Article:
In Hollywood, the logline for this story would be: A playwright who has outwitted his demons to find balance in his life, has, after a devastating TV experience, returned to the stage with a play whose plot twist is as transformative to its actors, and to the audience’s assumptions about the characters, as writing it was for the playwright. The play is a success off-Broadway and then a bigger success on Broadway. And then, as validation and final vindication, he brings it to Los Angeles.
The thing is, this is not fiction, it is true.
The playwright: Jon Robin Baitz.
The play: “Other Desert Cities,” which opens at the Mark Taper Forum on Nov. 28.
The TV show on whose ruins the play was built: “Brothers & Sisters.”
But the story, like the play itself, is so much better, and deeper, in its details.
Like Baitz’s early work, “The Substance of Fire,” in which a historical inflection point (the Holocaust) tears at the fabric of a family, in “Other Desert Cities,” a family’s longstanding conflicts over the Vietnam War and its aftermath threaten to rip them asunder. “Other Desert Cities” is set during a dysfunctional family reunion in Palm Springs at Christmas. The participants include a prominent patrician politician as paterfamilias; his steely, assimilated matriarch wife; the matriarch’s sister, whose embrace of her Jewish ethnicity stands in stark contrast to the matriarch; and their grown children — a son who works in reality TV; and his sister, the prodigal daughter, a novelist about to publish a memoir laying bare the family secrets.
It turns out, as I remarked to Baitz when we met recently for lunch in Culver City, that every character in the play is living a lie — just not the one they thought they were living. It is this layering of the personal and political with questions of identity and obligation — and a yearning to, in E.M. Forster’s dictum, “only connect” — that distinguishes and elevates Baitz’s work.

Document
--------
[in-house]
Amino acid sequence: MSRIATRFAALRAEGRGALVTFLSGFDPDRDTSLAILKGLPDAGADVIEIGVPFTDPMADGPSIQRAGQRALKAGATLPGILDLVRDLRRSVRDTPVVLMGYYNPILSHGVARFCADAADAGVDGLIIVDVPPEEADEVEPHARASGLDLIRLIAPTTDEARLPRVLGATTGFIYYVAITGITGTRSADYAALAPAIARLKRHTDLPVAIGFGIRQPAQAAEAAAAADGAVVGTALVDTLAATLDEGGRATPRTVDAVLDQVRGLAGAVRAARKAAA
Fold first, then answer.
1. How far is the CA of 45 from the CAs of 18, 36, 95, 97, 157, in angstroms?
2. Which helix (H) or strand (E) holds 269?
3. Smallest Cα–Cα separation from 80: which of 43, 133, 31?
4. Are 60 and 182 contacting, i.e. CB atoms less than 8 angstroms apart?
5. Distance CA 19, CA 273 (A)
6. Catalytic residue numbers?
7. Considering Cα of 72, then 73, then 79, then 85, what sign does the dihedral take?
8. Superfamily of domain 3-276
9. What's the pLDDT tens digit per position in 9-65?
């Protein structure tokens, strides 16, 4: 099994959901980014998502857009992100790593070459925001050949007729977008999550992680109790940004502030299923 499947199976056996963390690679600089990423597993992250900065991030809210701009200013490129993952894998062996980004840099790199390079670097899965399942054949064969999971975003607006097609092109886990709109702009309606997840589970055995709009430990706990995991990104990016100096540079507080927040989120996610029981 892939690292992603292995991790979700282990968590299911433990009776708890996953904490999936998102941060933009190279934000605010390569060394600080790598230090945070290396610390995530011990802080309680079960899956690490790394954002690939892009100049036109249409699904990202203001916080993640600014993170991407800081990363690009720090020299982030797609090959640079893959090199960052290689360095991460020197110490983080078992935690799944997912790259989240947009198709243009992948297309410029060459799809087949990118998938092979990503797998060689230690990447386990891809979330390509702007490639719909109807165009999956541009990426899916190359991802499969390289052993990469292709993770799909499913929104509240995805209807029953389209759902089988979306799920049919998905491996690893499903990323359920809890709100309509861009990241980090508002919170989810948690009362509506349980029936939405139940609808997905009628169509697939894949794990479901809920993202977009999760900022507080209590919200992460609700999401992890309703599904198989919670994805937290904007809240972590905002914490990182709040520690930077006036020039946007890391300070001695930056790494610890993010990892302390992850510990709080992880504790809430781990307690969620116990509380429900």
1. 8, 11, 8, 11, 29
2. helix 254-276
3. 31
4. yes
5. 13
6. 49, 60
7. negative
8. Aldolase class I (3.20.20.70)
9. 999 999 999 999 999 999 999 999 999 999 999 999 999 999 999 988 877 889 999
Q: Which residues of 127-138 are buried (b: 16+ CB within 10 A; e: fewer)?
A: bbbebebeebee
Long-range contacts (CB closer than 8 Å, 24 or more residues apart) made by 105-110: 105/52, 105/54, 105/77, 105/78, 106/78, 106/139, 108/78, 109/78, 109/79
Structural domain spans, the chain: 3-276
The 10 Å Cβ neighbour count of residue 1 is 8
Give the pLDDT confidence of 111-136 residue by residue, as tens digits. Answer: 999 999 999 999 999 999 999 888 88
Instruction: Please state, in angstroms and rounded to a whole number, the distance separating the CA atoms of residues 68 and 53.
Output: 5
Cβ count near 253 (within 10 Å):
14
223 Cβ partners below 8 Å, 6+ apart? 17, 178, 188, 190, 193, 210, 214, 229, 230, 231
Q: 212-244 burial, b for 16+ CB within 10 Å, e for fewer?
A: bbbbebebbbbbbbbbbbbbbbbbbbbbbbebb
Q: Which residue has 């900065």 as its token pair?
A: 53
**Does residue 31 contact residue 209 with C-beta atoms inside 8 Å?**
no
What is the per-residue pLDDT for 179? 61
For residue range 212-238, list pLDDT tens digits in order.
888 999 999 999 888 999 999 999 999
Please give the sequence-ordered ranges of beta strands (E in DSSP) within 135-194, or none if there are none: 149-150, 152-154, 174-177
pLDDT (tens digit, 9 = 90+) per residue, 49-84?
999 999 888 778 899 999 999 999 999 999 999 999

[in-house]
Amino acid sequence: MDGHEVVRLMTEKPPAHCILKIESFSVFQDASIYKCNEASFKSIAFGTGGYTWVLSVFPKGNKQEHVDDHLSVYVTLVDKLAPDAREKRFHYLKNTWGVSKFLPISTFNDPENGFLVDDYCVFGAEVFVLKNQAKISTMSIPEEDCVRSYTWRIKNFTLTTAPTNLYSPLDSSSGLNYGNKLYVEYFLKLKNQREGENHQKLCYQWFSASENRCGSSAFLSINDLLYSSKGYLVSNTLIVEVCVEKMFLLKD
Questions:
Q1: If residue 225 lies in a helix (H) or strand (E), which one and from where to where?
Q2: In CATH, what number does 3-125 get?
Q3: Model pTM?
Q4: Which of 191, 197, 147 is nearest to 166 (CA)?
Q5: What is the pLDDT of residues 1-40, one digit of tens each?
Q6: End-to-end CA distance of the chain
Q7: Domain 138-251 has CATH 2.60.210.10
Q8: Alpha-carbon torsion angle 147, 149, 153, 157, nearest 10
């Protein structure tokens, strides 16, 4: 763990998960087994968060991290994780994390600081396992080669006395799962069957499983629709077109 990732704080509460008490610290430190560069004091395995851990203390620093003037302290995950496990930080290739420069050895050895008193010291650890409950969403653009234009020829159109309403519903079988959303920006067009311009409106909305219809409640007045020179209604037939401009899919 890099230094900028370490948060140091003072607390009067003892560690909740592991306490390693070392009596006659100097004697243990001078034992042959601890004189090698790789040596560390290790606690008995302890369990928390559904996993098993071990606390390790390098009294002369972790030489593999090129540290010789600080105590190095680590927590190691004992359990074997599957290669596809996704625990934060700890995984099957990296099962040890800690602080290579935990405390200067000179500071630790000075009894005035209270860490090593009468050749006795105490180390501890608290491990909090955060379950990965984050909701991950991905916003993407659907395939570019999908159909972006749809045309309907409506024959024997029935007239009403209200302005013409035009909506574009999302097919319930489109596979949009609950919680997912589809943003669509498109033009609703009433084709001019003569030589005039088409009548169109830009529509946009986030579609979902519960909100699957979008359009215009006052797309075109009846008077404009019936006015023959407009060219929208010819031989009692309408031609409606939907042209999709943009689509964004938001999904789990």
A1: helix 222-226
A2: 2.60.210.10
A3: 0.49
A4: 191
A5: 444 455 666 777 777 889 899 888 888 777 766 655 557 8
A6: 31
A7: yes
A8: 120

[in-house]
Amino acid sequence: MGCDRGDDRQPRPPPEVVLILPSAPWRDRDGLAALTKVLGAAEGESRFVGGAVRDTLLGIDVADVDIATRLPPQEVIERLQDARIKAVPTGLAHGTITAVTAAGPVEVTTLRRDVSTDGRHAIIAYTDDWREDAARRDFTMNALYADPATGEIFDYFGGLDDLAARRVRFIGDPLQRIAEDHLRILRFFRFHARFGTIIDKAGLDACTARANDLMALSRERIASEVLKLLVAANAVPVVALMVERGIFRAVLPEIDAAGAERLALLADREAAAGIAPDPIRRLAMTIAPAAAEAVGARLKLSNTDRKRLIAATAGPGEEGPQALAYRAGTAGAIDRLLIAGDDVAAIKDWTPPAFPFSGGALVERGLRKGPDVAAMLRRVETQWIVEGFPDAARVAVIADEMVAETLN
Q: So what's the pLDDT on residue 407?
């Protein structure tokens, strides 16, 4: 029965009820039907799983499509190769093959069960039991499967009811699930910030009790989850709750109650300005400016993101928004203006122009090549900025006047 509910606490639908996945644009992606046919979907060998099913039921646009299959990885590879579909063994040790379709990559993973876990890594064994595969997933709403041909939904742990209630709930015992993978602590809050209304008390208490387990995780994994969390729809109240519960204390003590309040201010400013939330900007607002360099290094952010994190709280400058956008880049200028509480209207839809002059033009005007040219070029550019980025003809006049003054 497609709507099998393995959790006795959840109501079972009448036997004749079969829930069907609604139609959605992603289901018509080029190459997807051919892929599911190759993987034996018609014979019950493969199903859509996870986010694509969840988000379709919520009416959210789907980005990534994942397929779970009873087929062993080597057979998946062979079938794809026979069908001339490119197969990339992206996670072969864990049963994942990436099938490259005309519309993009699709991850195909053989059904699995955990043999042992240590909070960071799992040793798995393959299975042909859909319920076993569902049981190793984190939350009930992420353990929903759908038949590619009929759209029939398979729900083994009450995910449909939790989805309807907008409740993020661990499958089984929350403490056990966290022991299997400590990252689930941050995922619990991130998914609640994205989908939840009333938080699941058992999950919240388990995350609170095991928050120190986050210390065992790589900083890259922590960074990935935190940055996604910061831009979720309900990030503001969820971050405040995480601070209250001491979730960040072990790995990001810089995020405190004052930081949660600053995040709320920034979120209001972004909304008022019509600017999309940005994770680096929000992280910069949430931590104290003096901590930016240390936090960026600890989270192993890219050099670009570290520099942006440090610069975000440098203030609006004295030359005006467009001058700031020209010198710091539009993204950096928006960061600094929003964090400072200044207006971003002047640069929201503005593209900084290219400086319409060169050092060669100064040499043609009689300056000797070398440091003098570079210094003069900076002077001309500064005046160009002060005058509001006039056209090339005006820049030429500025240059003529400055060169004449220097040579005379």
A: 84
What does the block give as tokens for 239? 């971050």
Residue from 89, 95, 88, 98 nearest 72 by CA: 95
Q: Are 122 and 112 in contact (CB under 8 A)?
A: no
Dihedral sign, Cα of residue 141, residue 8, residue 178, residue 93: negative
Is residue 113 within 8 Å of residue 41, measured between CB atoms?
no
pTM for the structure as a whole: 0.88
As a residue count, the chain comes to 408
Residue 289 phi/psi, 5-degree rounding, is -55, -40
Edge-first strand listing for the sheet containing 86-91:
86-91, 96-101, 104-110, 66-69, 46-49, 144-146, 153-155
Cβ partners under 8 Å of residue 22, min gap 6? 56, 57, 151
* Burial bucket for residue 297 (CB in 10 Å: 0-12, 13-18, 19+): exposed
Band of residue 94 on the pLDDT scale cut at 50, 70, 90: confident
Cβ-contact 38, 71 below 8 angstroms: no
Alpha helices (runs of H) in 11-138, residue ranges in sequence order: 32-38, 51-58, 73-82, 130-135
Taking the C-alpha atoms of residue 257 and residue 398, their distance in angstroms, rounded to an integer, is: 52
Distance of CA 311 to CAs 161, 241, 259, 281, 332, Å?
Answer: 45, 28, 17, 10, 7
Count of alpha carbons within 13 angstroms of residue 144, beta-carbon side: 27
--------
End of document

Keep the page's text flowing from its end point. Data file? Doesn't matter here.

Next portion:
A native of Los Angeles, Baitz spent most of his childhood and teenage years abroad. His father, Edward, was an executive for the Carnation Co., posted to Brazil and then South Africa. Living in Brazil under a military dictatorship, and in South Africa during apartheid, sensitized Baitz to the way politics can convulse both society and family.”I knew very early that whatever this norm was, it couldn’t hold,” he said of South Africa. “At a certain point, I simply became afraid that it would turn into a cataclysm.”
At the same time, given Baitz’s father’s position as an American businessman working in countries with great domestic disturbances, and the characterization of the father in “Other Desert Cities” as the keeper of secrets, I wondered whether Baitz’s father had worked for the CIA. It turns out that Baitz’s father had, as a young man, worked for the National Security Agency, and although Baitz does not know whether his father remained involved, he says, “I felt there was a lot going on that I was not privy to, that there was an interesting subtextual awareness and political savvy.” His father, Baitz said, “had a certain expertise in how people work all over the Third World.” He tangled with the Afrikaner government, and Baitz recalls his father, later in life, “being debriefed by someone from the noncovert section of the CIA.”
Although the future writer returned to the United States in time to graduate from Beverly Hills High School, he has remained “slightly an outsider,” keenly attuned to political disturbance. “I live in a state where I am aware that, whatever the social contract is, it’s quite fragile — here, too. The play comes out of that,” he said.
“As we reach a point where a dialogue is no longer possible in terms of the left and the right in this country, the play actually tries to address that gridlock,” he added.
Baitz’s writing is not moralistic, nor does he seek to badger us into his political point of view. Rather, he is searching for a greater emotional truth.
Both “Brothers & Sisters” and “Other Desert Cities” describe a family that in no way reads Jewish, with the exception of Uncle Saul (played by Ron Rifkin) in the former, and Aunt Silda (Judith Light on Broadway; Jeannie Berlin in Los Angeles) in the latter. I recalled to him, with pleasure, that moment in “Brothers & Sisters” when it finally dawned on me that Sally Fields’ character must be Jewish, and how strange their Chanukah-Christmas was, with Saul intoning Hebrew words that indeed seemed foreign to the rest of the family.